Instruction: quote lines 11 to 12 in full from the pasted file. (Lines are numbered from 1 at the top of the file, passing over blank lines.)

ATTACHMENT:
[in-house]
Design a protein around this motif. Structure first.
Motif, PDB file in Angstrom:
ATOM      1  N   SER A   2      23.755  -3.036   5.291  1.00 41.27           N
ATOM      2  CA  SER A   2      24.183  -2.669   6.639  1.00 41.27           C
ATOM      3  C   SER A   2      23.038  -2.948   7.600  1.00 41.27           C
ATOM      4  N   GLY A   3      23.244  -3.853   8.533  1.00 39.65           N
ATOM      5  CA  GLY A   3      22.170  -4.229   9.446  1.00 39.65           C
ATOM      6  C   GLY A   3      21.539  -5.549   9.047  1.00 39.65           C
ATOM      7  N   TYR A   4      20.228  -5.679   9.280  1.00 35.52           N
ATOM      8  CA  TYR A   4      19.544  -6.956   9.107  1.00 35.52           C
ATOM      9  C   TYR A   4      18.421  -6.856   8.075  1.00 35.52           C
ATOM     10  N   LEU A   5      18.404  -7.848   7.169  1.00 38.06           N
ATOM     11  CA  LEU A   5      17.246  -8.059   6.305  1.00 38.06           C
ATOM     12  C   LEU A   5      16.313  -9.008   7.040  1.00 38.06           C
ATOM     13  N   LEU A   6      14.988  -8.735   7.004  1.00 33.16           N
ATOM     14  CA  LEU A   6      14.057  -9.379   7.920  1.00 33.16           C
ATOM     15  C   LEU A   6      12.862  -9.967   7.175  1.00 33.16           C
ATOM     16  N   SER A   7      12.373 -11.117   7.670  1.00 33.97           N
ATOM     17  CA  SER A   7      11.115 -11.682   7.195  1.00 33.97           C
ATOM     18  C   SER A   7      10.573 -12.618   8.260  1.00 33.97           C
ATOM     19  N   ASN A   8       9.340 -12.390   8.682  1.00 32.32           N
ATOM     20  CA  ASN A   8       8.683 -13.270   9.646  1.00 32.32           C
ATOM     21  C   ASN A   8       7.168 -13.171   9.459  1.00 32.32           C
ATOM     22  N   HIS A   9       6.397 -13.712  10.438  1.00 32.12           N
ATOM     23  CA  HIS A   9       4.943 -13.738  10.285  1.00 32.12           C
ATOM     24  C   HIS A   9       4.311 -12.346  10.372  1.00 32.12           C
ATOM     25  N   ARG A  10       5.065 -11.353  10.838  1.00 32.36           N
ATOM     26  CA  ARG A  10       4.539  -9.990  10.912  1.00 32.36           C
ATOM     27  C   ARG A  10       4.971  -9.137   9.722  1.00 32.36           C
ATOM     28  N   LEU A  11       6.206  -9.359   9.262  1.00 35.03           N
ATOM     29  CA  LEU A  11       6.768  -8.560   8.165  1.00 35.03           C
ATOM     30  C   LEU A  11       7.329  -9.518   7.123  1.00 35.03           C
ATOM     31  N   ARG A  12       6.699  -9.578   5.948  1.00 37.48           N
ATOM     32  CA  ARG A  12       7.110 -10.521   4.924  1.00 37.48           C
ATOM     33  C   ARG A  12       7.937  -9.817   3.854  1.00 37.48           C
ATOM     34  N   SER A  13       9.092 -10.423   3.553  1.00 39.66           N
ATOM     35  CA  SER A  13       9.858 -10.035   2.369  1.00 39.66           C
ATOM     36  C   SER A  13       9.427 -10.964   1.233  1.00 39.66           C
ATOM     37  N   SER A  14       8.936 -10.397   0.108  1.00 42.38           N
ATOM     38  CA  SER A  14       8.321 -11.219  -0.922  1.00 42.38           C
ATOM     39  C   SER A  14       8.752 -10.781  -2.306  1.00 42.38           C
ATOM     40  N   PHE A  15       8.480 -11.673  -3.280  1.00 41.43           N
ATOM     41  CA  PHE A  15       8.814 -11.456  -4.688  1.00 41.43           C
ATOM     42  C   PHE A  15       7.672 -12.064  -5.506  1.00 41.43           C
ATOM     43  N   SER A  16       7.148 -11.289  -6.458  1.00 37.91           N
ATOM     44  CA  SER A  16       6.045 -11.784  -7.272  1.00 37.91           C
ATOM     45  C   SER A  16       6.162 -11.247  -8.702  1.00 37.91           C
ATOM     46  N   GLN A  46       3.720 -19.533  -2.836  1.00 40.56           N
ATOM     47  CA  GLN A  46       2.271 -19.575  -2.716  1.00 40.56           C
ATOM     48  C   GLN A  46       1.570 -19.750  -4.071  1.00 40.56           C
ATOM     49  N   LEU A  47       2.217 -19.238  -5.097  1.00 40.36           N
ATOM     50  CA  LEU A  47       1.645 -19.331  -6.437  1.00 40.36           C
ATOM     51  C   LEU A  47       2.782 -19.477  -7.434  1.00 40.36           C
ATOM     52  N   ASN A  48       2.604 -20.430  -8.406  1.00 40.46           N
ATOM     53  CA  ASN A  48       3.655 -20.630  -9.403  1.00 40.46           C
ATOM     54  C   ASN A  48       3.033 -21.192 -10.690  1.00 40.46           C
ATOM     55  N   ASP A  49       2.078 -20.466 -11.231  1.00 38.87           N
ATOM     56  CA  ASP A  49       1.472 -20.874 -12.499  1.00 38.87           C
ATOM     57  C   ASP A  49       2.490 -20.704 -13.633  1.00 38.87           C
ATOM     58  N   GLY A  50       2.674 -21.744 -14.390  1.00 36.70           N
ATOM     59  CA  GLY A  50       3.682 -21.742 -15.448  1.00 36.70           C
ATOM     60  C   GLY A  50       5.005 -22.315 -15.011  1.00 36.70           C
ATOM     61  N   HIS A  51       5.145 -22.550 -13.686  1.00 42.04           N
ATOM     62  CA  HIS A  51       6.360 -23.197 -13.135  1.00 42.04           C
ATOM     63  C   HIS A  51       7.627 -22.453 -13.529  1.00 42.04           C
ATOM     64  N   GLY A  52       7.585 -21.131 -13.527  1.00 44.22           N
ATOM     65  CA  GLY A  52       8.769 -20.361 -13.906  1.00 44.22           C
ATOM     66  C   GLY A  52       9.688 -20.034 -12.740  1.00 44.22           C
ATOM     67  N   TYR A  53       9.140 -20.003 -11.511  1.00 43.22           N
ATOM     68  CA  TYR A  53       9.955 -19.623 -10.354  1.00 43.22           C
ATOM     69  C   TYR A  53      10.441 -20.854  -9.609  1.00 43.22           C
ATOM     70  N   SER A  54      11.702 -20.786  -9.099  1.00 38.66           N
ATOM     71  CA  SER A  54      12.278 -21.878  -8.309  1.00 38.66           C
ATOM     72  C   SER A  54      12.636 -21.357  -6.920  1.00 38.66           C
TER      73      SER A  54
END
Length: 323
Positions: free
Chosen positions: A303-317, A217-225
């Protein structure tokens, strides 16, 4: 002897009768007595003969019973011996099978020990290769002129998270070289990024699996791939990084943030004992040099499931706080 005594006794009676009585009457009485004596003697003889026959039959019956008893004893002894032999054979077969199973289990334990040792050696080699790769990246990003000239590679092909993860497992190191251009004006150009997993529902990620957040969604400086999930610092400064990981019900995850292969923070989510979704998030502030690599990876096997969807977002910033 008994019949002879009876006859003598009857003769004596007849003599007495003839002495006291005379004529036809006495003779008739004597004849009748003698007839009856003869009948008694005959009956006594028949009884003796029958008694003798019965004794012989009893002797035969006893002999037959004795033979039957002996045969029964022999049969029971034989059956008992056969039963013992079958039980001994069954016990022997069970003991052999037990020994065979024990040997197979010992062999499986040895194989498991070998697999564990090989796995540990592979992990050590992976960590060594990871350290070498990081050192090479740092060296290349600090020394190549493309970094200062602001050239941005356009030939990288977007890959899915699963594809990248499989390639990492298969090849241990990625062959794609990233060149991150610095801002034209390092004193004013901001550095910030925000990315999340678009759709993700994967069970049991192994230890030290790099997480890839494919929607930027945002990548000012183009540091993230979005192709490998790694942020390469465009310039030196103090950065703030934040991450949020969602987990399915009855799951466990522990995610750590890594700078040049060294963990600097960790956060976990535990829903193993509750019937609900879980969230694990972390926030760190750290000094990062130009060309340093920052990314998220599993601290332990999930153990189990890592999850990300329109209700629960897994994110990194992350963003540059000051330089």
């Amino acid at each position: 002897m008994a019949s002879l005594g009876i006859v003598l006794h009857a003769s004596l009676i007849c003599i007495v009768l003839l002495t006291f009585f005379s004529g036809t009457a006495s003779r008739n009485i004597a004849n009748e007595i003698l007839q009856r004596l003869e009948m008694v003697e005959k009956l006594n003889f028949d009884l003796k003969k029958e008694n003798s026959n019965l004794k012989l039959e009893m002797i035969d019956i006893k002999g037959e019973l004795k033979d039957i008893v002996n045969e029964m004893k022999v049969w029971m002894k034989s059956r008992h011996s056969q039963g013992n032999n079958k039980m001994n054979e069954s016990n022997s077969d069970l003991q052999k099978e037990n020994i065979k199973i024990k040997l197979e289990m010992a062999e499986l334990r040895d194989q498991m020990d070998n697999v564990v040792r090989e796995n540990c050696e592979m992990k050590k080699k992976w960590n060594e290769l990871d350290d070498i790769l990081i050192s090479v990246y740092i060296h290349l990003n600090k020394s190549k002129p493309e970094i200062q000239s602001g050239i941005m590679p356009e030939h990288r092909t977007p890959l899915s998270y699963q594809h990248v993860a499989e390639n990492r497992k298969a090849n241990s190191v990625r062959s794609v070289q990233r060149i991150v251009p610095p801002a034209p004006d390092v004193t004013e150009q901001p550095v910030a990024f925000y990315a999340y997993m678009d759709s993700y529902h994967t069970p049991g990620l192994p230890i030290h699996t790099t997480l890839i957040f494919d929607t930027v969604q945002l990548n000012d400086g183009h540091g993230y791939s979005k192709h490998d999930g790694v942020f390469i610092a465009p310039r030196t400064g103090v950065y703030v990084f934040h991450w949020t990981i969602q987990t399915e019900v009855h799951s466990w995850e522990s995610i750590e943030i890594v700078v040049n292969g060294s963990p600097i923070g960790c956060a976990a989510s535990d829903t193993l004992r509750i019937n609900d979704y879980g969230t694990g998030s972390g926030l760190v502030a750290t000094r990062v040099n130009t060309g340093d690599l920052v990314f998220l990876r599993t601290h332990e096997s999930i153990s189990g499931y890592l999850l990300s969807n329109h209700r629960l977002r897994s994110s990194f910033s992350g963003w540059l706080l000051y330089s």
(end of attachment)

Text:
ATOM      8  CA  TYR A   4      19.544  -6.956   9.107  1.00 35.52           C
ATOM      9  C   TYR A   4      18.421  -6.856   8.075  1.00 35.52           C